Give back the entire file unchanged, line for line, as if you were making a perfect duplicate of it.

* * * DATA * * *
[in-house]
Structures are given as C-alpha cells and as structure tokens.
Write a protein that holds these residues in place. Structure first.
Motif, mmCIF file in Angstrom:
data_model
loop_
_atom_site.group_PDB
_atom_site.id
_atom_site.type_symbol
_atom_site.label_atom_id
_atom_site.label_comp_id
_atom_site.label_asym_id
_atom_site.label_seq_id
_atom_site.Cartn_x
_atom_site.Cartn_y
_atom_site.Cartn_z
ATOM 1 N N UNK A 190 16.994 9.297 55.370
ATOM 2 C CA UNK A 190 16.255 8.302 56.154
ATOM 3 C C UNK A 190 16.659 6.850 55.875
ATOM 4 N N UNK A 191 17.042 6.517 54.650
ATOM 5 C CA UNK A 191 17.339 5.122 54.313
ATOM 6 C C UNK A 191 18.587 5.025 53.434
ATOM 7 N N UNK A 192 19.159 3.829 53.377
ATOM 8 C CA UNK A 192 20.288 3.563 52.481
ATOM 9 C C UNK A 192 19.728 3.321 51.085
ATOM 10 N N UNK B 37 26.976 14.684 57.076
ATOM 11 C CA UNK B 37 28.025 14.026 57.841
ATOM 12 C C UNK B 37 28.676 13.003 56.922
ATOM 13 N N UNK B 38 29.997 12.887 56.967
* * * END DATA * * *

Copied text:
[in-house]
Structures are given as C-alpha cells and as structure tokens.
Write a protein that holds these residues in place. Structure first.
Motif, mmCIF file in Angstrom:
data_model
loop_
_atom_site.group_PDB
_atom_site.id
_atom_site.type_symbol
_atom_site.label_atom_id
_atom_site.label_comp_id
_atom_site.label_asym_id
_atom_site.label_seq_id
_atom_site.Cartn_x
_atom_site.Cartn_y
_atom_site.Cartn_z
ATOM 1 N N UNK A 190 16.994 9.297 55.370
ATOM 2 C CA UNK A 190 16.255 8.302 56.154
ATOM 3 C C UNK A 190 16.659 6.850 55.875
ATOM 4 N N UNK A 191 17.042 6.517 54.650
ATOM 5 C CA UNK A 191 17.339 5.122 54.313
ATOM 6 C C UNK A 191 18.587 5.025 53.434
ATOM 7 N N UNK A 192 19.159 3.829 53.377
ATOM 8 C CA UNK A 192 20.288 3.563 52.481
ATOM 9 C C UNK A 192 19.728 3.321 51.085
ATOM 10 N N UNK B 37 26.976 14.684 57.076
ATOM 11 C CA UNK B 37 28.025 14.026 57.841
ATOM 12 C C UNK B 37 28.676 13.003 56.922
ATOM 13 N N UNK B 38 29.997 12.887 56.967